Abu Dhabi, UAEMonday 19 August 2019

Manchester Arena bomber’s brother appears in London court

Hashem Abedi stood in court as the names of the victims of the ISIS attack were read aloud

Court artist sketch by Elizabeth Cook of Hashem Abedi in the dock at Westminster Magistrates' Court where he is appearing following his extradition from Libya, in London, Thursday July 18, 2019. The brother of the suicide bomber who killed almost two dozen people at an Ariana Grande concert in Manchester appeared in court Thursday to face 22 charges of murder. (Elizabeth Cook/PA via AP)
Court artist sketch by Elizabeth Cook of Hashem Abedi in the dock at Westminster Magistrates' Court where he is appearing following his extradition from Libya, in London, Thursday July 18, 2019. The brother of the suicide bomber who killed almost two dozen people at an Ariana Grande concert in Manchester appeared in court Thursday to face 22 charges of murder. (Elizabeth Cook/PA via AP)

The brother of the Manchester Arena suicide bomber has appeared in court in London over murder charges following a clandestine extradition from Libya where he had been held for two years.

Hashem Abedi, brother to Salman Abedi who killed 22 people and injured hundreds in an ISIS-inspired bomb attack at a concert in Manchester, stood in the dock at Westminster Magistrates Court on Thursday flanked by police officers and three security guards.

In a moment that was poignant and tense, Mr Abedi was confronted with the scale of the carnage caused by his brother’s deadly attack as the names of each of those killed in the bomb blast, many of them children, were read aloud to the court.

A packed public gallery looked on as the charges of 22 counts of murder, attempted murder and conspiracy to cause an explosion likely to endanger life were put to him.

During the hearing, which lasted no more than 15 minutes, the 22-year-old appeared in a grey, prison-issued tracksuit. He spoke only to confirm his name, age and nationality.

Abedi’s barrister Zafar Ali QC said his client denied the charges against him, though no formal pleas were entered during the hearing. Mr Ali said his client did not contest the extradition because he would seek to clear his name. British police have said they believe Mr Abedi helped his brother to buy the materials used to make the explosive device used in the attack.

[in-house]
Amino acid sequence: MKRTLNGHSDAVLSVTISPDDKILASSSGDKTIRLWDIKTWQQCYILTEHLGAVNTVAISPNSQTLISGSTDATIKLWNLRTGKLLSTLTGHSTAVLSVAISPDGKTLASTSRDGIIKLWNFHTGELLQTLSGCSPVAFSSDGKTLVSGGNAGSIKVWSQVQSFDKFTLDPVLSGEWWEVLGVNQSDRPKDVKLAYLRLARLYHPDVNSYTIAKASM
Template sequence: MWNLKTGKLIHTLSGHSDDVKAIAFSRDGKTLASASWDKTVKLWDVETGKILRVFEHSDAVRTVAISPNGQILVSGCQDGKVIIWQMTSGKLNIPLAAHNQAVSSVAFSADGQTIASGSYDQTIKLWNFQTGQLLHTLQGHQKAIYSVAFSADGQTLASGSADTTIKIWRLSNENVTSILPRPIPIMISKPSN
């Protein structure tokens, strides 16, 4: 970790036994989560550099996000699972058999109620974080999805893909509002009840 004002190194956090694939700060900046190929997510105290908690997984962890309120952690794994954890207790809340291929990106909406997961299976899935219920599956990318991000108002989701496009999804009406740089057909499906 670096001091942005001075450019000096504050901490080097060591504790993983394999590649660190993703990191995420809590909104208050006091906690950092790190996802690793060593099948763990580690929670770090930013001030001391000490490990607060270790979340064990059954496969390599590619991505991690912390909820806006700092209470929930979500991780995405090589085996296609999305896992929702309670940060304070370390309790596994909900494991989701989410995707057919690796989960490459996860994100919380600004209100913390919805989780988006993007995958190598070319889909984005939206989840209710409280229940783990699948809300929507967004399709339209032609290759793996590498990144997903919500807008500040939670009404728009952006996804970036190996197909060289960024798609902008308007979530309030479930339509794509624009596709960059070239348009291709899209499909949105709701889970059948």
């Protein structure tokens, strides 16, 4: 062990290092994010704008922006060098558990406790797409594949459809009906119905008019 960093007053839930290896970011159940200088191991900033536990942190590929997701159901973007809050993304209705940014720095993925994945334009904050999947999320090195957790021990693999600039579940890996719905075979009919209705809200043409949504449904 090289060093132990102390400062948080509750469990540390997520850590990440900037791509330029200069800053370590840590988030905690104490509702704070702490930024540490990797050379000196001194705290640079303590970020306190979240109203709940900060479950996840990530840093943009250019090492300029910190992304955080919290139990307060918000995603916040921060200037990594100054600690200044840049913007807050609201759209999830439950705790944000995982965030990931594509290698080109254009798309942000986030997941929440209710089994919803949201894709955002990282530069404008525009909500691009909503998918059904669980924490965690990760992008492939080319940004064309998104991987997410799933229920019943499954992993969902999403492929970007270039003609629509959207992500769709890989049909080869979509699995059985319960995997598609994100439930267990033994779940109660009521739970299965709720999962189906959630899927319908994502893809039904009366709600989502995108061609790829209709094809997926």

The suspect will appear on 30 July for a preliminary hearing at the Old Bailey in London following a bail hearing at Oxford Crown Court on Monday. Until that time he will be held under remand in custody.

Mr Abedi arrived in Britain on Wednesday morning at the culmination of two years of fraught negotiations for his extradition. The BBC reported the Briton’s journey from his parent’s home country of Libya had not gone without incident.

The jet, chartered from Malta to spirit Abedi back to the United Kingdom, reportedly had to turn back before landing in Libya because of technical problems. The suspect’s extraction and journey from the embattled north African nation to an airport south of London was monitored by a British foreign office cell.

While unrest in Libya had consistently impeded progress in Mr Abedi’s extradition to the United Kingdom his departure from the capital Tripoli comes as the city faces some of the worst violence seen there since the country’s 2011 revolution.

Crucially, the UN-backed government in Tripoli and the forces holding Abedi have acquiesced to his extradition as they face an existential military threat from eastern strongman Khalifa Hafter. The United Nations said earlier this month that more than 1,000 people had been killed in Tripoli since the former Qaddafi commander launched his offensive to wrest control of the city in April this year.

Further details have emerged of Abedi’s time held in Libya. The brother of the Manchester Arena bomber was arrested in the aftermath of the suicide attack by Tripoli’s Special Deterrent Forces, known locally as Rada, and held by them in a prison near Tripoli airport ever since.

Mr Ali said Abedi had been tortured while detained by the group aligned with the Tripoli government, kept in solitary confinement and forced to sign a 40-page confession under extreme duress.

A Tripoli source that has monitored the activities of Rada told The National that accusations of Mr Abedi’s torture had not been widely known. However, if proven true, the claims would not strike them as entirely unusual. In a 2018 report by the United Nations, the deterrent force was named as one group involved in “appalling abuses” against civilians in detention including torture.

Prior to the attack Salman and Hashem Abedi had lived with their father, a Qaddafi era-dissident. The family fled Libya for Manchester during former leader’s 40-year-rule but returned during the Nato-backed intervention that toppled him in 2011.

As negotiaitons over Mr Abedi’s extradition dragged on, inquests into the killings in Manchester have been consistently postponed to the distress of the families of the victims. A pre-inquest review hearing is due to take place in Manchester on 29 July.

Updated: July 18, 2019 04:30 PM

SHARE

SHARE